PREVALENCE OF BOVINE TRYPANOSOMIASIS AND ITS VECTOR DENSITY IN SHEKA ZONE, ANDERACHA WOREDA
Online Journal of Animal and Feed Research
A cross sectional study was conducted in Andracha woreda Sheka Zone of South western Ethiopia to determine the prevalence and associated risk factors of bovine trypanosomiasis using parasitological and entomological study. It was conducted from November, 2015 to April, 2016. Blood samples from randomly selected 383 cattle of both sex and different age groups were collected and examined with hematological and parasitological techniques. Out of the total examined cattle, 8(2.1%) were infected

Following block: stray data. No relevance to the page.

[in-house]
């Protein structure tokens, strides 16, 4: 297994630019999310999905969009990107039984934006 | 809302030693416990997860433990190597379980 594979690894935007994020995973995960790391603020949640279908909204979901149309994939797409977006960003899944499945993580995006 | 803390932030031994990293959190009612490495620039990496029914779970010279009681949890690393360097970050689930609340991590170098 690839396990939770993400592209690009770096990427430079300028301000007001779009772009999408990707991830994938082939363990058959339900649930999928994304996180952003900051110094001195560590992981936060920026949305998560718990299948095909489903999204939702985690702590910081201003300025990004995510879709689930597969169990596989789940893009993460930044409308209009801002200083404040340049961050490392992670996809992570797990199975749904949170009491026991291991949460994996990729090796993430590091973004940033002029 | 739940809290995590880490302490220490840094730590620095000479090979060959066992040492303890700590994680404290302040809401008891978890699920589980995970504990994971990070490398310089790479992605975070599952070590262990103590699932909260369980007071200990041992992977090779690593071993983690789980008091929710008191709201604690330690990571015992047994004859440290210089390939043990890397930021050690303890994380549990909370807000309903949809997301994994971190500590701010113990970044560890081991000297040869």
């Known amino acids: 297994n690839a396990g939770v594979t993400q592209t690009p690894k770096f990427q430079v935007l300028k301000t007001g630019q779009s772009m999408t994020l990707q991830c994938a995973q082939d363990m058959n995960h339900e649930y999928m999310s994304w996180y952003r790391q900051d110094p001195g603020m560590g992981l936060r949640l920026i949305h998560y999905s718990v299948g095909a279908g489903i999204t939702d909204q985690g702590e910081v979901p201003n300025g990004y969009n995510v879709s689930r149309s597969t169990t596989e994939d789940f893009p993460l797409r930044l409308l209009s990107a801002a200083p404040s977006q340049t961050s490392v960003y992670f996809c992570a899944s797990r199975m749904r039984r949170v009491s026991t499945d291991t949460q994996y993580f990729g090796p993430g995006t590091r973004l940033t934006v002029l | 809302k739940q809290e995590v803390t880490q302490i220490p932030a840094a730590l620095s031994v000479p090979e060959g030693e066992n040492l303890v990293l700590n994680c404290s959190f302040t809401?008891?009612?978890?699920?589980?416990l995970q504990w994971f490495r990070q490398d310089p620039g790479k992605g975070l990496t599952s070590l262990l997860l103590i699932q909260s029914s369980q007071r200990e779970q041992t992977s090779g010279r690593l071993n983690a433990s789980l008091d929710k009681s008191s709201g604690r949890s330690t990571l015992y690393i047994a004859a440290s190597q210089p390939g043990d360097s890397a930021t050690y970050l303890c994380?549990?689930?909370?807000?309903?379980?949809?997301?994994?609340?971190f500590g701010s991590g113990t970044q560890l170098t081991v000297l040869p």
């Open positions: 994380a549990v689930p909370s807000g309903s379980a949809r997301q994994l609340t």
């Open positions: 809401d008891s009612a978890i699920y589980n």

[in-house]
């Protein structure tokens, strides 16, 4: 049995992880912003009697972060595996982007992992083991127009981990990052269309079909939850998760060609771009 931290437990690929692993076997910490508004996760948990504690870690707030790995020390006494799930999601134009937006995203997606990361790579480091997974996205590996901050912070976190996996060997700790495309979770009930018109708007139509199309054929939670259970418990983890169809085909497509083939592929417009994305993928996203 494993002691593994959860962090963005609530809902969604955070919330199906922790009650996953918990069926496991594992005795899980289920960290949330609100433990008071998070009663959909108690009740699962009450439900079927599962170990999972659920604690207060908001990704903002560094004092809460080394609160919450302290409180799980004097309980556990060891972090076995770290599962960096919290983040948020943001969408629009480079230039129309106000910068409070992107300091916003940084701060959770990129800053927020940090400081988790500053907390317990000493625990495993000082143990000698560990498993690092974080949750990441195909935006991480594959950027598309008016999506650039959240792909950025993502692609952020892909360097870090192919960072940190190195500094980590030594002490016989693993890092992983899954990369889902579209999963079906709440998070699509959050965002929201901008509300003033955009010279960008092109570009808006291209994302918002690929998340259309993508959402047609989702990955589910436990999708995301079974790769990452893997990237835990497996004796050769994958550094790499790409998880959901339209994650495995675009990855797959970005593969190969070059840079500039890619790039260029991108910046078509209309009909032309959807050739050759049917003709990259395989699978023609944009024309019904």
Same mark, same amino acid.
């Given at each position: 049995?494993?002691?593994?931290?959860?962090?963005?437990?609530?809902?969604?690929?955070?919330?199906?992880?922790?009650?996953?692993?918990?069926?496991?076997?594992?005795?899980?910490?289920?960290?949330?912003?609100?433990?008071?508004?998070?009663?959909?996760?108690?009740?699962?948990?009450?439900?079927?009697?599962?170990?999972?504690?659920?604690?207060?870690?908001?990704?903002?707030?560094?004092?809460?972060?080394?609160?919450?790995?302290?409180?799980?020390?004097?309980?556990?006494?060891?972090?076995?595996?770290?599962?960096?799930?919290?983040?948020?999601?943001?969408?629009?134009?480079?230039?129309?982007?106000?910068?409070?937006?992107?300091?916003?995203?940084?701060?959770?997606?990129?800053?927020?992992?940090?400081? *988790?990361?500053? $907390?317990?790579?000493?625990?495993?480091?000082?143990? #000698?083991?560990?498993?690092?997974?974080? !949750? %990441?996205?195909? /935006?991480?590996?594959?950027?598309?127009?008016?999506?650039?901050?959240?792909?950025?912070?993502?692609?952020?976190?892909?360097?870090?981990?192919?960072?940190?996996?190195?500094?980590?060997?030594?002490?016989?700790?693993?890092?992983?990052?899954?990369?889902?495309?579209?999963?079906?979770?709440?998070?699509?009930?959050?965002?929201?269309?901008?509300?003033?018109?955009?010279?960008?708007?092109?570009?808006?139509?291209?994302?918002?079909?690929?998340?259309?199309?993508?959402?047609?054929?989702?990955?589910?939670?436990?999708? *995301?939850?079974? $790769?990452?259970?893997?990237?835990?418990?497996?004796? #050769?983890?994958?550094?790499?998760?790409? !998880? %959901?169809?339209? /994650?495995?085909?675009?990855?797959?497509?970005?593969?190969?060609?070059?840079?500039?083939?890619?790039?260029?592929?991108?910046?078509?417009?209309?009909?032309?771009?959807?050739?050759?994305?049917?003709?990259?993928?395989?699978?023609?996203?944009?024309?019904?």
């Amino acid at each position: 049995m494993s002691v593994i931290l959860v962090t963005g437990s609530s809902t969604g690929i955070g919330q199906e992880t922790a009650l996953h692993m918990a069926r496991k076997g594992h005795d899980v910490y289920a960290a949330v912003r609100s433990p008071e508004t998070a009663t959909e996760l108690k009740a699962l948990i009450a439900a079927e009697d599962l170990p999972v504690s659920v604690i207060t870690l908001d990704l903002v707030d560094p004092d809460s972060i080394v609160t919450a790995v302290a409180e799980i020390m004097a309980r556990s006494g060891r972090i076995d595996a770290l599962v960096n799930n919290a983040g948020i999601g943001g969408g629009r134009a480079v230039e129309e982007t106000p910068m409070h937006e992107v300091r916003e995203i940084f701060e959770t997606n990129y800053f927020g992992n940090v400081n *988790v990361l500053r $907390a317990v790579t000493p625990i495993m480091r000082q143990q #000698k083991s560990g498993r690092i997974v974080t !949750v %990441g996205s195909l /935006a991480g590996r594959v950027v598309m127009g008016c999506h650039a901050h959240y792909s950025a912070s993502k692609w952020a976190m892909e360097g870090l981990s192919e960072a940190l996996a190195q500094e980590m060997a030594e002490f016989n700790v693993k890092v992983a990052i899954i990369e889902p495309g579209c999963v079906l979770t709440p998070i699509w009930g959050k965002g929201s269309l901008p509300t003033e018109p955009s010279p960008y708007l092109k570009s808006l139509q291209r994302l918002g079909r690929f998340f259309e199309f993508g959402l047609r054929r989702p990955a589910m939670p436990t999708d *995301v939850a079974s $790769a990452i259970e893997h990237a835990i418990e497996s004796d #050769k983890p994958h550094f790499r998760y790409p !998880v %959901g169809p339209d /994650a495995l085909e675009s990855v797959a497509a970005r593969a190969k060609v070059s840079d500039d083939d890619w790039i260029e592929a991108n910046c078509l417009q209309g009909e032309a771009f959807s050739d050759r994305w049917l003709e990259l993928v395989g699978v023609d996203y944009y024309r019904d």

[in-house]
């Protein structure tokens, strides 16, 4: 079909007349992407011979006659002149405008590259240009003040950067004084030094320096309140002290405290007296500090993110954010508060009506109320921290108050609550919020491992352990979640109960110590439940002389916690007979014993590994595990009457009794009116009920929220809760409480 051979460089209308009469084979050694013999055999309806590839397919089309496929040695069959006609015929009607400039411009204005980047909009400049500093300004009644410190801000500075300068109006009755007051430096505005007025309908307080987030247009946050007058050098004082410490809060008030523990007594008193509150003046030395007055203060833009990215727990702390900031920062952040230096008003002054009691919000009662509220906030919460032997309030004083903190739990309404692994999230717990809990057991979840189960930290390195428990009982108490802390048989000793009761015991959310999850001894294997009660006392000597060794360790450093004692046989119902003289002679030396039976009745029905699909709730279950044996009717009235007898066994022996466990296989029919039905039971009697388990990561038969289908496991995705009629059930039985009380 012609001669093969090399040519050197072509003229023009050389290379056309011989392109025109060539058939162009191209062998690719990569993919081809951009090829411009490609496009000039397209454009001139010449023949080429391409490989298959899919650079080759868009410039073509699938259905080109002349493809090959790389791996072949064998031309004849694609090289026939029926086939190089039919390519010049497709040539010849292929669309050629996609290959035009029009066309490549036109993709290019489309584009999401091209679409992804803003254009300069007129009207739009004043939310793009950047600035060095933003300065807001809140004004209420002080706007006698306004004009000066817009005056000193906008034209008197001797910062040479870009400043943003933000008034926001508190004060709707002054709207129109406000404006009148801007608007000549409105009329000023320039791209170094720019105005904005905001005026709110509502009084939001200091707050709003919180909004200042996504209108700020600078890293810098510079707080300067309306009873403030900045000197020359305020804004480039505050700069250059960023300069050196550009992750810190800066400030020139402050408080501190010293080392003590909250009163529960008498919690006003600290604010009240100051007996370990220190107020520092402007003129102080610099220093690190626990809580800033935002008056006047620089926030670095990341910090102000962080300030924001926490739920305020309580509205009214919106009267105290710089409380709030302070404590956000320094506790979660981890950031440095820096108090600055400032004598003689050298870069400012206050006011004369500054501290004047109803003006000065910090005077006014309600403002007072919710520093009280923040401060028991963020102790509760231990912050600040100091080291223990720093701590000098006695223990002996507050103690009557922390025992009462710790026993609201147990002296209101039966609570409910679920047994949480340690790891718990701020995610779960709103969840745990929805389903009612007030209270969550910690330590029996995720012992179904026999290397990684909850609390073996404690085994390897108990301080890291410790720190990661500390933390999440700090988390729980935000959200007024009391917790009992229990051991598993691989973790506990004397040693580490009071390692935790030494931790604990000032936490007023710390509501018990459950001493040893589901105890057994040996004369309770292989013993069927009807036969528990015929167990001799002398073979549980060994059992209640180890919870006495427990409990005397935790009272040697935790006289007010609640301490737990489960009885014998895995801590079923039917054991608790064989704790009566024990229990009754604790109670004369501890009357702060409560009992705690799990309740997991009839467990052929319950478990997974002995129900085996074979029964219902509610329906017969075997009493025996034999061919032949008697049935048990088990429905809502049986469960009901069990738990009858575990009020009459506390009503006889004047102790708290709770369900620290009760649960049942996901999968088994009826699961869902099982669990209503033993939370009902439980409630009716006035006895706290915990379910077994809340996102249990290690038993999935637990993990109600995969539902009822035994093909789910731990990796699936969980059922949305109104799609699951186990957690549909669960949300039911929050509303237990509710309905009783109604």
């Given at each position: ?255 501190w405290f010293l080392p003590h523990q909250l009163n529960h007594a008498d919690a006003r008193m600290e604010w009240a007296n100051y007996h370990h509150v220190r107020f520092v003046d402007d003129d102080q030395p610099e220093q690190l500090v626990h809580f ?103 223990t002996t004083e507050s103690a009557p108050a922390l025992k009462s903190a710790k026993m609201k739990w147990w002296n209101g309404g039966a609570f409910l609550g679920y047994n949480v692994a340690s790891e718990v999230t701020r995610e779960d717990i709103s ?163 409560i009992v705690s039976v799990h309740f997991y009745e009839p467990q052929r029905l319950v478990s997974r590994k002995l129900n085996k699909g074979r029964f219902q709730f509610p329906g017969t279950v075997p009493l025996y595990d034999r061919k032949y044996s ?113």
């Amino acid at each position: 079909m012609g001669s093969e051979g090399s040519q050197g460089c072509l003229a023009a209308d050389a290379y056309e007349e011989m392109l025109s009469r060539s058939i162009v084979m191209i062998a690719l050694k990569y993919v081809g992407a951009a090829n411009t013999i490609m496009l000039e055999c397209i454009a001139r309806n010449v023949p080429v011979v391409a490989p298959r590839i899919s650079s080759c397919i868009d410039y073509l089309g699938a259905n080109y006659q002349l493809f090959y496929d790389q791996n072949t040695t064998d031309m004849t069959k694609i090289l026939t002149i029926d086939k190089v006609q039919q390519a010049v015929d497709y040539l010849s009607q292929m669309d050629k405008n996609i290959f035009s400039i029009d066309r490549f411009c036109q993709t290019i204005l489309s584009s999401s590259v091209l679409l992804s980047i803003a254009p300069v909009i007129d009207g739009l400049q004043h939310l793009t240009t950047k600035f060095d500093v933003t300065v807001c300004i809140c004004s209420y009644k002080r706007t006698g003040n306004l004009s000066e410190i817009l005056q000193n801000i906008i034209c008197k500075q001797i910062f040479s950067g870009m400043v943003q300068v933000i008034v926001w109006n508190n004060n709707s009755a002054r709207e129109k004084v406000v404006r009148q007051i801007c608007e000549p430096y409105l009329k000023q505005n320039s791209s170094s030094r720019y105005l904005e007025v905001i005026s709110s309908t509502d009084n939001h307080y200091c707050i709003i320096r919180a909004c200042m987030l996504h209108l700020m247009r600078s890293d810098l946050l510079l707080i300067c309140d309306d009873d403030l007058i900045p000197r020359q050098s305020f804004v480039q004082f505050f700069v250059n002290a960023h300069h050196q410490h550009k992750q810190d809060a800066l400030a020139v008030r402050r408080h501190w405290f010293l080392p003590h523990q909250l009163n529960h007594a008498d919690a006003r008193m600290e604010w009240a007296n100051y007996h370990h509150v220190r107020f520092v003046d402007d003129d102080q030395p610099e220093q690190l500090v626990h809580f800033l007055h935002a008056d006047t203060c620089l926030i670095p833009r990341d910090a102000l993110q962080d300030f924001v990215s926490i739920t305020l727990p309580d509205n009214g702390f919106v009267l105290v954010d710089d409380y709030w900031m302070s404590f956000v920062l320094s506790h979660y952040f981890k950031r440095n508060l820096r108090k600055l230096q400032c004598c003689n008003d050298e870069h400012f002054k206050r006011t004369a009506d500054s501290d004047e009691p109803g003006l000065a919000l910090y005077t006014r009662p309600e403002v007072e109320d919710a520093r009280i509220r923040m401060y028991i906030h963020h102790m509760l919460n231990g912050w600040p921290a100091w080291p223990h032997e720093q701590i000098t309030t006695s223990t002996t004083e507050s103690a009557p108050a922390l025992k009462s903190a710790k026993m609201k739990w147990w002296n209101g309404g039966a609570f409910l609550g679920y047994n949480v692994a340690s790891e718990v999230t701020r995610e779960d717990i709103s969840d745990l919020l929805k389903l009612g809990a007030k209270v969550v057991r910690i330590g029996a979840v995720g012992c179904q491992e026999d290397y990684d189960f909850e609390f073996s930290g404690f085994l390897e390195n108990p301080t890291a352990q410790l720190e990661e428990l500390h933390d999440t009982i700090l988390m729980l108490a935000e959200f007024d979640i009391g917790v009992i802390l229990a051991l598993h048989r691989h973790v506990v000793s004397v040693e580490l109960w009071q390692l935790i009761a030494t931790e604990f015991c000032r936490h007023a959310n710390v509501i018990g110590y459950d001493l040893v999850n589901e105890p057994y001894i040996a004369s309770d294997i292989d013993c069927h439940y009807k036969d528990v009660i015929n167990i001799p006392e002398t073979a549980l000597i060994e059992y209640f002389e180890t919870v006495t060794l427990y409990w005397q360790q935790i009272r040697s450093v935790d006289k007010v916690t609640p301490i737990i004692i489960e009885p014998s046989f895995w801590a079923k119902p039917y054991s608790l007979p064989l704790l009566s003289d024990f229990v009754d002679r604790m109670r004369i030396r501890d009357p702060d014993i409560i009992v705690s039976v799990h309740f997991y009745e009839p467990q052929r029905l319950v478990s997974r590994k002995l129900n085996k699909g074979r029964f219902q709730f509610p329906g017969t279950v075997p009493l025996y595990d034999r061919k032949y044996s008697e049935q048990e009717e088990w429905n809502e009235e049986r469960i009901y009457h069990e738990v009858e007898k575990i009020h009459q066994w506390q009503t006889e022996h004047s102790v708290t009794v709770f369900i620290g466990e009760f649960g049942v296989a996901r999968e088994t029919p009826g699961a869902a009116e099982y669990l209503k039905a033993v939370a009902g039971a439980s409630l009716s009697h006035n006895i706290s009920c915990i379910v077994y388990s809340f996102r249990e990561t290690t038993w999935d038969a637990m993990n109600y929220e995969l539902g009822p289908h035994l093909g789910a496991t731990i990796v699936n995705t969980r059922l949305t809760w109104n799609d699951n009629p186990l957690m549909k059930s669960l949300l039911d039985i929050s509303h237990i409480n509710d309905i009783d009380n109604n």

... ) were infected with trypanosomes. The highest infections were due to Trypanosoma conglense (1.3%) followed by mixed infection (0.52%) and Trypanosoma brucei (0.26%). The disease was more prevalent (2.3%) in females than in male cattle (0.2%). There were no statistically significant difference among / between age and sex groups (P>0.05). The mean PCV (%) values during the study period were 23.38 ± 1.51 in parasitaemic and 30.02 ± 0.14 in aparasitaemic animals, which was found statistically significant (P<0.05). Glossina pallidipes were the only fly species caught during the study period and the entomological monitoring showed that the apparent density (expressed as flies per trap per day, i.e. f/t/d) of Glossina Pallidipes in the study area were 0.83, 0.89, 1.11 and 0.44 at Yokchichi, Gemadro, Beshifa and Shebena, respectively; with the overall apparent density of 0.82. Since it is endemic diseases, strategic control of bovine trypanosomiasis including vector control should be strengthened to improve livestock production in this area.